The Rose

A poem by Theodosia Garrison

I took the love you gave, Ah, carelessly,
Counting it only as a rose to wear
A little moment on my heart no more,
So many roses had I worn before,
So lightly that I scarce believed them there.

But, Lo! this rose between the dusk and dawn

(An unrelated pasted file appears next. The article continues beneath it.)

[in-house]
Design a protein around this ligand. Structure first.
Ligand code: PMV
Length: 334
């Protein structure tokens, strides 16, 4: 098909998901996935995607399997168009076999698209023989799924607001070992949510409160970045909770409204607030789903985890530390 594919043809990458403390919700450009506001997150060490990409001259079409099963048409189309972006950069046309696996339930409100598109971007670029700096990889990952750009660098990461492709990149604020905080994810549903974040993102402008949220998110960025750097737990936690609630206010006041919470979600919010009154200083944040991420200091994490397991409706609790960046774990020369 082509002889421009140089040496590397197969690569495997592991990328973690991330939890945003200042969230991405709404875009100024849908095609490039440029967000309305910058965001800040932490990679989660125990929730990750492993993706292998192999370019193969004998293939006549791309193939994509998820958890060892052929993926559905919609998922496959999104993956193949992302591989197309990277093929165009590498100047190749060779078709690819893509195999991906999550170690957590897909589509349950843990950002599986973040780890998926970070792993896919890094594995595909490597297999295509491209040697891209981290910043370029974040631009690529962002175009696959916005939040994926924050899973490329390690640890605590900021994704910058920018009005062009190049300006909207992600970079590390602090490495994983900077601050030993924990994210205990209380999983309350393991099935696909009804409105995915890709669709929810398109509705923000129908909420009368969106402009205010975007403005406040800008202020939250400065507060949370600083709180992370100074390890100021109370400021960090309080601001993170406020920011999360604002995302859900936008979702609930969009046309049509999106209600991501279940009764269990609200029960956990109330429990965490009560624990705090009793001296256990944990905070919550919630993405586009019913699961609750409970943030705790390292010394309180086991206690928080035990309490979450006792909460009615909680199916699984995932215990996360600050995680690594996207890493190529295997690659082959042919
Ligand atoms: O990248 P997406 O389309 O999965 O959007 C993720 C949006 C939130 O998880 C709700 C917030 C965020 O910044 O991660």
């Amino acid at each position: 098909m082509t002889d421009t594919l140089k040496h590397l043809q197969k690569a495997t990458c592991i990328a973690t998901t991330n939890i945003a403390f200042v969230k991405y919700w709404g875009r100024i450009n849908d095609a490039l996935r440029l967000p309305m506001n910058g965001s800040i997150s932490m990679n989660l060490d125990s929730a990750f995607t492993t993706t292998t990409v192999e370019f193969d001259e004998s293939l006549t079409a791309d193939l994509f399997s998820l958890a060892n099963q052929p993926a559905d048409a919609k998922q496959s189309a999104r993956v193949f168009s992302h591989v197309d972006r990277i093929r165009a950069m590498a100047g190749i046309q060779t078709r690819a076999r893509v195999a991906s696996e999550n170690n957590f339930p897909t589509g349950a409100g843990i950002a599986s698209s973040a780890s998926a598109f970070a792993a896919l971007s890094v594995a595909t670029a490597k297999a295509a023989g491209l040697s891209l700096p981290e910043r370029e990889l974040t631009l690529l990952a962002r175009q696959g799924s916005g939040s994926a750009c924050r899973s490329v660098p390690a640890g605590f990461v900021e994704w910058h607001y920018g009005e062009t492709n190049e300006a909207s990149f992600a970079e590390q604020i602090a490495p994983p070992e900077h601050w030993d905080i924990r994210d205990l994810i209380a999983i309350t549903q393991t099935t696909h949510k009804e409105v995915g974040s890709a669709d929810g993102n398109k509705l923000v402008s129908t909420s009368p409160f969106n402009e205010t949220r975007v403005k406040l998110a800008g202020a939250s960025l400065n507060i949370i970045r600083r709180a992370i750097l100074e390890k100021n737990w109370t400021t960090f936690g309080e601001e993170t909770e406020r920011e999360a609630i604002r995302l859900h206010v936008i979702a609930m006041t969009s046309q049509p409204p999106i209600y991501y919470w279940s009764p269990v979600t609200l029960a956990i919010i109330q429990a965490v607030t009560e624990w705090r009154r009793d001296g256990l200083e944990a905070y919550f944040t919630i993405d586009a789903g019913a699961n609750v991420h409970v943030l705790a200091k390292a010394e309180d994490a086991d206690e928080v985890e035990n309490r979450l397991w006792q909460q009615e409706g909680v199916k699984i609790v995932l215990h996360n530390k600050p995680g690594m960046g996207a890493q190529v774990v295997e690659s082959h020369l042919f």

Hath turned to very flame upon my breast,
A flame that burns the day-long and the night,
A flame of very anguish and delight
That not for any moment yields me rest.

And I am troubled with a strange, new fear,
How would it be if even to your door
I came to cry your pitying one day,
And you should lightly laugh and lightly say,
"That was a rose I gave you--nothing more."

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